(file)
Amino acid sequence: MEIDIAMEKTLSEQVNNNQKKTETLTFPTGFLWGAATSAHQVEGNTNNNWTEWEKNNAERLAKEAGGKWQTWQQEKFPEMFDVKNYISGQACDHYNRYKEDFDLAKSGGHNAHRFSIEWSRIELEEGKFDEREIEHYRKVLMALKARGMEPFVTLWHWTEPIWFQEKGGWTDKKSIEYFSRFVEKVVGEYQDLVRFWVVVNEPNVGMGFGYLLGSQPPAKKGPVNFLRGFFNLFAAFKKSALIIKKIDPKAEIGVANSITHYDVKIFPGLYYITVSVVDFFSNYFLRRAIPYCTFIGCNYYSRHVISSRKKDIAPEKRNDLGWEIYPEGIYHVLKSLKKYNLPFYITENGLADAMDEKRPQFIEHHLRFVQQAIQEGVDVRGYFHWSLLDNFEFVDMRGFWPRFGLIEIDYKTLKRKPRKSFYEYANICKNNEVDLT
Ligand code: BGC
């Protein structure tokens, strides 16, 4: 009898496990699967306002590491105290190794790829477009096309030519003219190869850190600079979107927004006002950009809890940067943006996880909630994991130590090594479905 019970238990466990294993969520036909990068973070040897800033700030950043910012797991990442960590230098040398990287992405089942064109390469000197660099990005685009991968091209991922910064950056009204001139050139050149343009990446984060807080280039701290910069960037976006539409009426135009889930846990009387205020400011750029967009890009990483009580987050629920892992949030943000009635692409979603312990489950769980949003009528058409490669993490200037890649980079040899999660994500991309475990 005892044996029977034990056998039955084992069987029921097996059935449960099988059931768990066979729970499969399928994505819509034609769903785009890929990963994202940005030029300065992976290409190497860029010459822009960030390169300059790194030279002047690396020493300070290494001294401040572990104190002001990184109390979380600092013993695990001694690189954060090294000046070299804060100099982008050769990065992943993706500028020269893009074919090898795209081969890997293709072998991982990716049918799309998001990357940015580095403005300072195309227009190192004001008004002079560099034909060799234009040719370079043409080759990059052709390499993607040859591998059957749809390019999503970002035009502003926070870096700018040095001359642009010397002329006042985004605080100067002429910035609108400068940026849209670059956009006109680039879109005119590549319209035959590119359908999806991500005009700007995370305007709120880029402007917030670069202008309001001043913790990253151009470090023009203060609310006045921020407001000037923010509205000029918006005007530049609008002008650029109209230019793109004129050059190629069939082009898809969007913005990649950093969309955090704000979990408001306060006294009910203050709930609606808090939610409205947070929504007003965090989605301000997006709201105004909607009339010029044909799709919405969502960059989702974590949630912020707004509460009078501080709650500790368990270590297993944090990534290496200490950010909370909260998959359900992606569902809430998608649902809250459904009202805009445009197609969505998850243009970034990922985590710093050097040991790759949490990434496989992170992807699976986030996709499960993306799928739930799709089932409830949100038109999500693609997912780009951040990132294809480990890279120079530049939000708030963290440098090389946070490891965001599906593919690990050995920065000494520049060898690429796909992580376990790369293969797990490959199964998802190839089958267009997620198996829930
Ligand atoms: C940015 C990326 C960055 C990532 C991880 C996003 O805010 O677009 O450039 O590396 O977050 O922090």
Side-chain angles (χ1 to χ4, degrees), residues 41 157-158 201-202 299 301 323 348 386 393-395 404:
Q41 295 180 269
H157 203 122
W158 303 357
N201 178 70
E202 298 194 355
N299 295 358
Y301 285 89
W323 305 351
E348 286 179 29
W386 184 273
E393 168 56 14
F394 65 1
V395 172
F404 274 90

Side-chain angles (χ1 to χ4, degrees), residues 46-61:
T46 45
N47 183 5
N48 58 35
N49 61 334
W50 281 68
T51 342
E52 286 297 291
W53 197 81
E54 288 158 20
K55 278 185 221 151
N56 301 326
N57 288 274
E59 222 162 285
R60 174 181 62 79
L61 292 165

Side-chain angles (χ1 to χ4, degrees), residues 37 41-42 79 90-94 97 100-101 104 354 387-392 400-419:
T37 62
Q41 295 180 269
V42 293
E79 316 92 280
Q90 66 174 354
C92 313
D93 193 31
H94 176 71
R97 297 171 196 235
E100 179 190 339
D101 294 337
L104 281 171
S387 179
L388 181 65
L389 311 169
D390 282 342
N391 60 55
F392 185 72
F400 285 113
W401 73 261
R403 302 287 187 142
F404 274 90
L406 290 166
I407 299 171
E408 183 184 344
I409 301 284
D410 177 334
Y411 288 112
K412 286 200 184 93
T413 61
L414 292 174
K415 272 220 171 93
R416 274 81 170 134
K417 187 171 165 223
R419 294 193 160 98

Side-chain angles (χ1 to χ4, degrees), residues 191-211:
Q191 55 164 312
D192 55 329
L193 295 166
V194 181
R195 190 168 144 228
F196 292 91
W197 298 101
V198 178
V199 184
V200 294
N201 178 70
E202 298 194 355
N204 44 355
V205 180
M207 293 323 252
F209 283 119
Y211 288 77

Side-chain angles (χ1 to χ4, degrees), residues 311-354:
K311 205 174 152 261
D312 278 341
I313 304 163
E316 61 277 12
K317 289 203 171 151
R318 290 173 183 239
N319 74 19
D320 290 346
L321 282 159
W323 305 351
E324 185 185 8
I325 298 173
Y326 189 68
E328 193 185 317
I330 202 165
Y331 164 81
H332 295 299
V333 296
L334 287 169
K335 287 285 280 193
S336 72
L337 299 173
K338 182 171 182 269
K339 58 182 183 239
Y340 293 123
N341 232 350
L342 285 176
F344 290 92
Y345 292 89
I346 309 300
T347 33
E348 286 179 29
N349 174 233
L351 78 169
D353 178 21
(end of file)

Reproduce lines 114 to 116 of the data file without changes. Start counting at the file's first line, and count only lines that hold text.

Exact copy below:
K339 58 182 183 239
Y340 293 123
N341 232 350